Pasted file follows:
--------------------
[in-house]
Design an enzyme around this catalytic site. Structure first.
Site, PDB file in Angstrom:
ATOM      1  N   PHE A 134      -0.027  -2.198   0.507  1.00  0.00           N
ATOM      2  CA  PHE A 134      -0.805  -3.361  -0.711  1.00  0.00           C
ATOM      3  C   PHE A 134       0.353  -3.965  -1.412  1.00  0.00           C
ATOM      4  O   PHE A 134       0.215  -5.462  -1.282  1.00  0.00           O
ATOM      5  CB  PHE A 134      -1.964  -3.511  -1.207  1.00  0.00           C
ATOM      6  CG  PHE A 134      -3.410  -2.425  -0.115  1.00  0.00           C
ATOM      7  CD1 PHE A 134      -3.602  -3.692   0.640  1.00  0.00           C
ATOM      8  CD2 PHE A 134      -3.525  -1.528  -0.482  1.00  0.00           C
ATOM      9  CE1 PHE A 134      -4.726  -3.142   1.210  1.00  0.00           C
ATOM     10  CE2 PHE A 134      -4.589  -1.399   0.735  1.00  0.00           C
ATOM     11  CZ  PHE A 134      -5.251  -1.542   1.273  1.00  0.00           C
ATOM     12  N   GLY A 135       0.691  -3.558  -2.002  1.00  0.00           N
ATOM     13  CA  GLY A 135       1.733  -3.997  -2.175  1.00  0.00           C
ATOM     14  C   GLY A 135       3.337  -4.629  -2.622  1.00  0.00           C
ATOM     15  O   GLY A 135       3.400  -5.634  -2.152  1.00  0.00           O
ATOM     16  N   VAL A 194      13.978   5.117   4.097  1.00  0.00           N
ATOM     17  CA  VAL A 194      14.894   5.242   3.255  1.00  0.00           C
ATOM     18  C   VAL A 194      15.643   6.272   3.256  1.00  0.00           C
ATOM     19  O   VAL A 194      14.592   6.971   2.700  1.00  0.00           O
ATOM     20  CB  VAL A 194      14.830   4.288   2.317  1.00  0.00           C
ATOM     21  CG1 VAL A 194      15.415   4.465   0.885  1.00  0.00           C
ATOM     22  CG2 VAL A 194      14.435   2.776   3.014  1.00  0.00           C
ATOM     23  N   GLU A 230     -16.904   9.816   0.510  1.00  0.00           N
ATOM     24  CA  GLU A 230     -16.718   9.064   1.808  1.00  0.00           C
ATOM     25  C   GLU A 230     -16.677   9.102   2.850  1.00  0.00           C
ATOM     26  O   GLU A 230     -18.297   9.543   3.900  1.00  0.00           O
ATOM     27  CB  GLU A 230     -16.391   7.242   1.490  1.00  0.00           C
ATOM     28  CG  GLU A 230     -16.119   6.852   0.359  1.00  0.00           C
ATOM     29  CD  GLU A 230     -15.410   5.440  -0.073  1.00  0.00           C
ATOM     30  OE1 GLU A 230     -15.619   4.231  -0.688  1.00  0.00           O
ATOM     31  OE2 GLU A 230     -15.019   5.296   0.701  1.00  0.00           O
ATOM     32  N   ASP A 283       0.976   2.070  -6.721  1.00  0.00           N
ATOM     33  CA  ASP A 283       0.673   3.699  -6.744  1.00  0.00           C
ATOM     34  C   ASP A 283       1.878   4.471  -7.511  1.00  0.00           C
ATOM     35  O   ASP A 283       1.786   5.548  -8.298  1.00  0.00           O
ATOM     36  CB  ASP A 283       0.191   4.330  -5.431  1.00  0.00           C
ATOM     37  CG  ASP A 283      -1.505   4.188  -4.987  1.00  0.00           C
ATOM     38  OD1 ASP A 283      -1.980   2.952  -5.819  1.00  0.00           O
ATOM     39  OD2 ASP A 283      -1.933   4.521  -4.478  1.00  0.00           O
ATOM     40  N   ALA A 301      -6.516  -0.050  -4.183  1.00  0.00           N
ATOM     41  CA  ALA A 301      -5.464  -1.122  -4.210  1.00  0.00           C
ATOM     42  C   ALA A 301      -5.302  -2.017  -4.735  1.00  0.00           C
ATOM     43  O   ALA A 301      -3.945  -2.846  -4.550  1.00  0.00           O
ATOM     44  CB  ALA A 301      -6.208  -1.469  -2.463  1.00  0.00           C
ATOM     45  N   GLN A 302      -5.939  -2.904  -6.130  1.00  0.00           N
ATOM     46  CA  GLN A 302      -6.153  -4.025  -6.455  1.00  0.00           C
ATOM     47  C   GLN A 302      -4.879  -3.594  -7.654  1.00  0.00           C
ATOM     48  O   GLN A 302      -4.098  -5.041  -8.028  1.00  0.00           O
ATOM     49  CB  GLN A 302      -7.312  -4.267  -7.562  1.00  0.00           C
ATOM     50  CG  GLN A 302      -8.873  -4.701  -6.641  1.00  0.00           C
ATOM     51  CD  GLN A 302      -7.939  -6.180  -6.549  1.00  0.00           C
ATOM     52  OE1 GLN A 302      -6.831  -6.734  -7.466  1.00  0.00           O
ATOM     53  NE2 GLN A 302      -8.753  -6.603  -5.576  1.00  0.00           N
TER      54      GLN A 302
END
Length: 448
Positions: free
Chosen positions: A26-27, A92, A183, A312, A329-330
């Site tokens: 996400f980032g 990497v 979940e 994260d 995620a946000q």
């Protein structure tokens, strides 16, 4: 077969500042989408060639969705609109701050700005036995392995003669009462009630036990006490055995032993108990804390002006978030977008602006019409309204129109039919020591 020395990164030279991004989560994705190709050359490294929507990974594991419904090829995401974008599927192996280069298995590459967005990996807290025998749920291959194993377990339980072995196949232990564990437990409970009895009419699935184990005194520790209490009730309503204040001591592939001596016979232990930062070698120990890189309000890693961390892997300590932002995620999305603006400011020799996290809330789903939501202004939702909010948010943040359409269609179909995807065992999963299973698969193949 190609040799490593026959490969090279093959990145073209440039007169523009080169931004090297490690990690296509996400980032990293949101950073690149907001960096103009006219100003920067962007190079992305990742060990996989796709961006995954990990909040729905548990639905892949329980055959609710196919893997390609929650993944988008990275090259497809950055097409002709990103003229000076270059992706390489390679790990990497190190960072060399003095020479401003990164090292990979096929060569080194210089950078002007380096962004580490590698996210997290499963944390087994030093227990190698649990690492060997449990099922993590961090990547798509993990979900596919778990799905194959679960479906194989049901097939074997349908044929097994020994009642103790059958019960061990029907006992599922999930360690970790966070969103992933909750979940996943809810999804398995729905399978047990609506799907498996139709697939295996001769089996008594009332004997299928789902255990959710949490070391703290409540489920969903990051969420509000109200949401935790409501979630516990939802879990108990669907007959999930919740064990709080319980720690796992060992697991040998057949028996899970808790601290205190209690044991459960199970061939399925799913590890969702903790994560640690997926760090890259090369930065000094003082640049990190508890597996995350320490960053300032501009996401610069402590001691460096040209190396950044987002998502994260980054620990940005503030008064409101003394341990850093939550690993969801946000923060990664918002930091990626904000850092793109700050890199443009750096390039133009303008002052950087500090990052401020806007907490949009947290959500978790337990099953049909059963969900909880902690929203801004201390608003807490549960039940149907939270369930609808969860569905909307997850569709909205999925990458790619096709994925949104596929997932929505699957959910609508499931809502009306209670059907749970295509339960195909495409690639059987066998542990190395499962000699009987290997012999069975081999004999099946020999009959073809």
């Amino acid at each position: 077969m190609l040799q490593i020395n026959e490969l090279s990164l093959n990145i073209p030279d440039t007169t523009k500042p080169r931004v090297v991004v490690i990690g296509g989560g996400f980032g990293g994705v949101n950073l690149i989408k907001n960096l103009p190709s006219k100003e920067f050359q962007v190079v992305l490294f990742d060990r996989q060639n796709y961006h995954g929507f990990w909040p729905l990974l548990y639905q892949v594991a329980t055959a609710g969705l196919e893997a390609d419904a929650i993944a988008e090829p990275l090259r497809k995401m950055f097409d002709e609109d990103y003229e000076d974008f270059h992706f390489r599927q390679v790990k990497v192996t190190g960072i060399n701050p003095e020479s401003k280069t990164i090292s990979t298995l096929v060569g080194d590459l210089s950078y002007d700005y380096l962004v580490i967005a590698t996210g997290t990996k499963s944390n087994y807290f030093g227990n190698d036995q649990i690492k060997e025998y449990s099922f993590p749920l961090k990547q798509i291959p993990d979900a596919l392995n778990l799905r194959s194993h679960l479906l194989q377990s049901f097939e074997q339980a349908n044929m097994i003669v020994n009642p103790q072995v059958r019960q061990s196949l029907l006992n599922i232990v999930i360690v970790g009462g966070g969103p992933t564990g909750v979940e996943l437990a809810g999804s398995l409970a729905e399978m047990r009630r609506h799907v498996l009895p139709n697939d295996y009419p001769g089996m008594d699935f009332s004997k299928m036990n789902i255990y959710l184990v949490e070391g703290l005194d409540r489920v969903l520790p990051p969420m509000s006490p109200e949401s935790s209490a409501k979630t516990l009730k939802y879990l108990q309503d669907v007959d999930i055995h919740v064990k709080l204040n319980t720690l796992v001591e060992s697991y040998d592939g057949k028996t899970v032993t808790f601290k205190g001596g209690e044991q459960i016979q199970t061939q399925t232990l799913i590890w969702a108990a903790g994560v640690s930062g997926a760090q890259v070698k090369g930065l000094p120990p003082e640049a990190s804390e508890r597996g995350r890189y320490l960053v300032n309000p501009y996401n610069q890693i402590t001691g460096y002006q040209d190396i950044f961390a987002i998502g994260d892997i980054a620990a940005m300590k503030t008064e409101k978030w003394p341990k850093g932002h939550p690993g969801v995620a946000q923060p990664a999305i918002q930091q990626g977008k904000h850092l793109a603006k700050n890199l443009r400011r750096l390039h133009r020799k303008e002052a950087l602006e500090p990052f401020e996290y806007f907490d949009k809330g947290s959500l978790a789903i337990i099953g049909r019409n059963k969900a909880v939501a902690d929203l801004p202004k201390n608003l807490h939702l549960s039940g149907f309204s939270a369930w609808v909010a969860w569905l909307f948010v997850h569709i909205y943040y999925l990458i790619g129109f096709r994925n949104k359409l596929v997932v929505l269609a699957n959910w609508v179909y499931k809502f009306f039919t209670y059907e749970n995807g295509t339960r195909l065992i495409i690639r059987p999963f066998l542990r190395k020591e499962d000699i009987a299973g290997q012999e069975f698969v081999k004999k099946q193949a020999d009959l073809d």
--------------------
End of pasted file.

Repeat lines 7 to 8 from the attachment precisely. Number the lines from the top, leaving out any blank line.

ATOM      4  O   PHE A 134       0.215  -5.462  -1.282  1.00  0.00           O
ATOM      5  CB  PHE A 134      -1.964  -3.511  -1.207  1.00  0.00           C